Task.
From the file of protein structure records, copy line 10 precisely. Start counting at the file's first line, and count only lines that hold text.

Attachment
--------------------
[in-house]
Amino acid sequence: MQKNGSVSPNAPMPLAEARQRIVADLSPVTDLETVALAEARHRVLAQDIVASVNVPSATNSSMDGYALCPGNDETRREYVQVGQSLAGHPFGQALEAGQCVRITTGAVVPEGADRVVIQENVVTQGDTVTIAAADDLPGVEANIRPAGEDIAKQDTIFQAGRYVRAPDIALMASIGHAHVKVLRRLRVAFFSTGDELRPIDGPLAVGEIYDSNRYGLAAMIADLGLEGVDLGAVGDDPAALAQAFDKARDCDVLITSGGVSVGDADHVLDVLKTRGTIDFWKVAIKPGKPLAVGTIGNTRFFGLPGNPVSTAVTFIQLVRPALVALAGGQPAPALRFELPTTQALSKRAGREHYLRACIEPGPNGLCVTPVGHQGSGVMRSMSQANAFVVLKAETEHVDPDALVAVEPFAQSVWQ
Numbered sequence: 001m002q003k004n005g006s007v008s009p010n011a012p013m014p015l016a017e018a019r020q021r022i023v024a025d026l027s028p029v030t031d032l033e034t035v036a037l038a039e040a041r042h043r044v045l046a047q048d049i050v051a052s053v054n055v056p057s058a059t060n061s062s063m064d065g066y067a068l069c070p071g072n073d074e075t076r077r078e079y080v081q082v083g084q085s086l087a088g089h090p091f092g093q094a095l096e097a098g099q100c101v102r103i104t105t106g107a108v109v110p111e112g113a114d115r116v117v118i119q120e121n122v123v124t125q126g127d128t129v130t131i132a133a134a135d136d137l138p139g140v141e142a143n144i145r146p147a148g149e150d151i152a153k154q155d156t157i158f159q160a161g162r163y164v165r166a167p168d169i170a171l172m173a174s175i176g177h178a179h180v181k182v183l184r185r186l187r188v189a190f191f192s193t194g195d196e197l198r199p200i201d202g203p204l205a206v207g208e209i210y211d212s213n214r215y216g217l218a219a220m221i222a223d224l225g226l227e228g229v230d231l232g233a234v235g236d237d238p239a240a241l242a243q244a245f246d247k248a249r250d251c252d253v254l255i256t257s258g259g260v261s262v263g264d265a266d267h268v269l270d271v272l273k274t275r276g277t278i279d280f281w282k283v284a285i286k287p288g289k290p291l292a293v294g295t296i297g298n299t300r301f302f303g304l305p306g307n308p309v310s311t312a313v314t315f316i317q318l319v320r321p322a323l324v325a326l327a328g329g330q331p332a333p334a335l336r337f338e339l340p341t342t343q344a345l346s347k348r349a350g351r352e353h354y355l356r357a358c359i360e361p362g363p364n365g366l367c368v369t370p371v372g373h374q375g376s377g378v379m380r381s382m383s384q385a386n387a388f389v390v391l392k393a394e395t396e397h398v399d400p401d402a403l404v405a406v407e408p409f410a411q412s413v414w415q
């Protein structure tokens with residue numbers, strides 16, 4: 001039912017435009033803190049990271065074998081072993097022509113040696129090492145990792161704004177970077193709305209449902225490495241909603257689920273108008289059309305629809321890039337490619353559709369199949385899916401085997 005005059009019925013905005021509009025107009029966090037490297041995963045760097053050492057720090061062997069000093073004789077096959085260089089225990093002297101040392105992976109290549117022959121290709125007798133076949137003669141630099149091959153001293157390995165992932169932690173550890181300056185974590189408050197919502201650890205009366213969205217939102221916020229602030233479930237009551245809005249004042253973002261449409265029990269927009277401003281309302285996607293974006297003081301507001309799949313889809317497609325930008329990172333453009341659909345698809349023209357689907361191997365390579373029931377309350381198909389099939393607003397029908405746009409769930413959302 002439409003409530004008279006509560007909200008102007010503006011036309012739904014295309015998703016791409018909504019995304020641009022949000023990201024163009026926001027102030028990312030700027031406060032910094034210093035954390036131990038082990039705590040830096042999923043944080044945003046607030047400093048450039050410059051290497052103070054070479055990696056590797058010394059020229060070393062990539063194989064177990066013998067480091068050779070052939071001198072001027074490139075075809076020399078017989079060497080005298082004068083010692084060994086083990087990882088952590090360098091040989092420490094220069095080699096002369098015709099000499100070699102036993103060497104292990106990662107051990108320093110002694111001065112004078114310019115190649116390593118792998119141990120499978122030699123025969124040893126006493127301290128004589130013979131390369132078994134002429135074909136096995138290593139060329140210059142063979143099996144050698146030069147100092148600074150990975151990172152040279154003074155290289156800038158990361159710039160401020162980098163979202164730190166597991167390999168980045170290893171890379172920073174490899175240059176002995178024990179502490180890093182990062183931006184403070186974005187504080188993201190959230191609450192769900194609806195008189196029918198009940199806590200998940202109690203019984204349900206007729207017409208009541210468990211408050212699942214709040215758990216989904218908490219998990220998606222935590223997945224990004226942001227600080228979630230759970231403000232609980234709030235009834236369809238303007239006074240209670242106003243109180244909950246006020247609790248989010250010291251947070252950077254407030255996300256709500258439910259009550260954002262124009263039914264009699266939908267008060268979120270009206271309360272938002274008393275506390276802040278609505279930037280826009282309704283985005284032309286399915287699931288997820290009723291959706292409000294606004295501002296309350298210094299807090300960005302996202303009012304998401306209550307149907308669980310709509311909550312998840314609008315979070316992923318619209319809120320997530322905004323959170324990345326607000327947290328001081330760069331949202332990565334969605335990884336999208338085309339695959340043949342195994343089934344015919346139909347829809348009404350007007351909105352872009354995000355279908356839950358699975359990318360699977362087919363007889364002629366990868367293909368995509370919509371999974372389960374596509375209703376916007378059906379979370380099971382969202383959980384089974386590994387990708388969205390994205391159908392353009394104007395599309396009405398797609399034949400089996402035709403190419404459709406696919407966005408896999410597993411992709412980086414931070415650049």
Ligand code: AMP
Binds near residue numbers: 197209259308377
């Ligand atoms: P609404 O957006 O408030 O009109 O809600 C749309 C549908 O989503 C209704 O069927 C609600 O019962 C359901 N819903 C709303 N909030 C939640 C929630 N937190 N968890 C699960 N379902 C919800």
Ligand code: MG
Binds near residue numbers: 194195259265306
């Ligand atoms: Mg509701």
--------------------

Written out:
């Ligand atoms: Mg509701």